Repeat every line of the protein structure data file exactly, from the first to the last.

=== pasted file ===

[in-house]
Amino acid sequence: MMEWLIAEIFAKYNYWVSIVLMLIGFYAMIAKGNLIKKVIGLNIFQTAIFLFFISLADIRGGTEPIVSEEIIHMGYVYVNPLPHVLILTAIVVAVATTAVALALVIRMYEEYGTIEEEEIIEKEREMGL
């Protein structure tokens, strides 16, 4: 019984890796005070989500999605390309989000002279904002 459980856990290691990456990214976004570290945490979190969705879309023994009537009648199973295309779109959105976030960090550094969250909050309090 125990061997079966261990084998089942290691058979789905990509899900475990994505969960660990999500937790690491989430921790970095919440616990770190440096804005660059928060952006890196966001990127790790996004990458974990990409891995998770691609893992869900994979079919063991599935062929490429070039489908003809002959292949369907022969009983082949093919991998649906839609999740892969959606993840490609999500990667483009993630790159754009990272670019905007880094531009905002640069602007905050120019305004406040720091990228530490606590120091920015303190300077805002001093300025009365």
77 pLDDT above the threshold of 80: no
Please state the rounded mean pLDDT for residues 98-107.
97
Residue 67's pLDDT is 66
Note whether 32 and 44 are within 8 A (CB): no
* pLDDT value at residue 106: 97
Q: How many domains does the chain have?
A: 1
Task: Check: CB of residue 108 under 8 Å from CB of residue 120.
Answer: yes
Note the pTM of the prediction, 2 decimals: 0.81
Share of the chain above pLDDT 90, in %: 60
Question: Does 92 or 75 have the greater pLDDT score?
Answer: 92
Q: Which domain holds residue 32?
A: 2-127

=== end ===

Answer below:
[in-house]
Amino acid sequence: MMEWLIAEIFAKYNYWVSIVLMLIGFYAMIAKGNLIKKVIGLNIFQTAIFLFFISLADIRGGTEPIVSEEIIHMGYVYVNPLPHVLILTAIVVAVATTAVALALVIRMYEEYGTIEEEEIIEKEREMGL
């Protein structure tokens, strides 16, 4: 019984890796005070989500999605390309989000002279904002 459980856990290691990456990214976004570290945490979190969705879309023994009537009648199973295309779109959105976030960090550094969250909050309090 125990061997079966261990084998089942290691058979789905990509899900475990994505969960660990999500937790690491989430921790970095919440616990770190440096804005660059928060952006890196966001990127790790996004990458974990990409891995998770691609893992869900994979079919063991599935062929490429070039489908003809002959292949369907022969009983082949093919991998649906839609999740892969959606993840490609999500990667483009993630790159754009990272670019905007880094531009905002640069602007905050120019305004406040720091990228530490606590120091920015303190300077805002001093300025009365």
77 pLDDT above the threshold of 80: no
Please state the rounded mean pLDDT for residues 98-107.
97
Residue 67's pLDDT is 66
Note whether 32 and 44 are within 8 A (CB): no
* pLDDT value at residue 106: 97
Q: How many domains does the chain have?
A: 1
Task: Check: CB of residue 108 under 8 Å from CB of residue 120.
Answer: yes
Note the pTM of the prediction, 2 decimals: 0.81
Share of the chain above pLDDT 90, in %: 60
Question: Does 92 or 75 have the greater pLDDT score?
Answer: 92
Q: Which domain holds residue 32?
A: 2-127